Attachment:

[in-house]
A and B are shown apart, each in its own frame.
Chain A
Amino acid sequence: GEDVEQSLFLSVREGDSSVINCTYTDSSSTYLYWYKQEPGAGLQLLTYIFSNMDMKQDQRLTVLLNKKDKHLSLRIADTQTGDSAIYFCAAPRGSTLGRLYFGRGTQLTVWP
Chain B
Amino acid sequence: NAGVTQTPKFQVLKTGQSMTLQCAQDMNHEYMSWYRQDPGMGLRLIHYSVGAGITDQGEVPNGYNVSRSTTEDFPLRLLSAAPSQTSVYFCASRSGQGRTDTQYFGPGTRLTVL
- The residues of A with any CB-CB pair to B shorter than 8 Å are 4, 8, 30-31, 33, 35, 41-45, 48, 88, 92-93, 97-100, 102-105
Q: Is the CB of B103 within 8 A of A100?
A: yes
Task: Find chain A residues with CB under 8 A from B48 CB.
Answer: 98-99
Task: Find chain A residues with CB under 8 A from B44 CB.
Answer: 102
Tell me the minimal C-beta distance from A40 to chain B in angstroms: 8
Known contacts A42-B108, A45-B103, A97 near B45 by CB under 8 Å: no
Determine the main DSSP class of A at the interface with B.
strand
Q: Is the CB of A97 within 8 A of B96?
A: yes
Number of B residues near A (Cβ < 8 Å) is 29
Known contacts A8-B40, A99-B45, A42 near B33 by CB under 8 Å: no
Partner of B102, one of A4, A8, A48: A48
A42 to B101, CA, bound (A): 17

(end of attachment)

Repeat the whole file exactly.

[in-house]
A and B are shown apart, each in its own frame.
Chain A
Amino acid sequence: GEDVEQSLFLSVREGDSSVINCTYTDSSSTYLYWYKQEPGAGLQLLTYIFSNMDMKQDQRLTVLLNKKDKHLSLRIADTQTGDSAIYFCAAPRGSTLGRLYFGRGTQLTVWP
Chain B
Amino acid sequence: NAGVTQTPKFQVLKTGQSMTLQCAQDMNHEYMSWYRQDPGMGLRLIHYSVGAGITDQGEVPNGYNVSRSTTEDFPLRLLSAAPSQTSVYFCASRSGQGRTDTQYFGPGTRLTVL
- The residues of A with any CB-CB pair to B shorter than 8 Å are 4, 8, 30-31, 33, 35, 41-45, 48, 88, 92-93, 97-100, 102-105
Q: Is the CB of B103 within 8 A of A100?
A: yes
Task: Find chain A residues with CB under 8 A from B48 CB.
Answer: 98-99
Task: Find chain A residues with CB under 8 A from B44 CB.
Answer: 102
Tell me the minimal C-beta distance from A40 to chain B in angstroms: 8
Known contacts A42-B108, A45-B103, A97 near B45 by CB under 8 Å: no
Determine the main DSSP class of A at the interface with B.
strand
Q: Is the CB of A97 within 8 A of B96?
A: yes
Number of B residues near A (Cβ < 8 Å) is 29
Known contacts A8-B40, A99-B45, A42 near B33 by CB under 8 Å: no
Partner of B102, one of A4, A8, A48: A48
A42 to B101, CA, bound (A): 17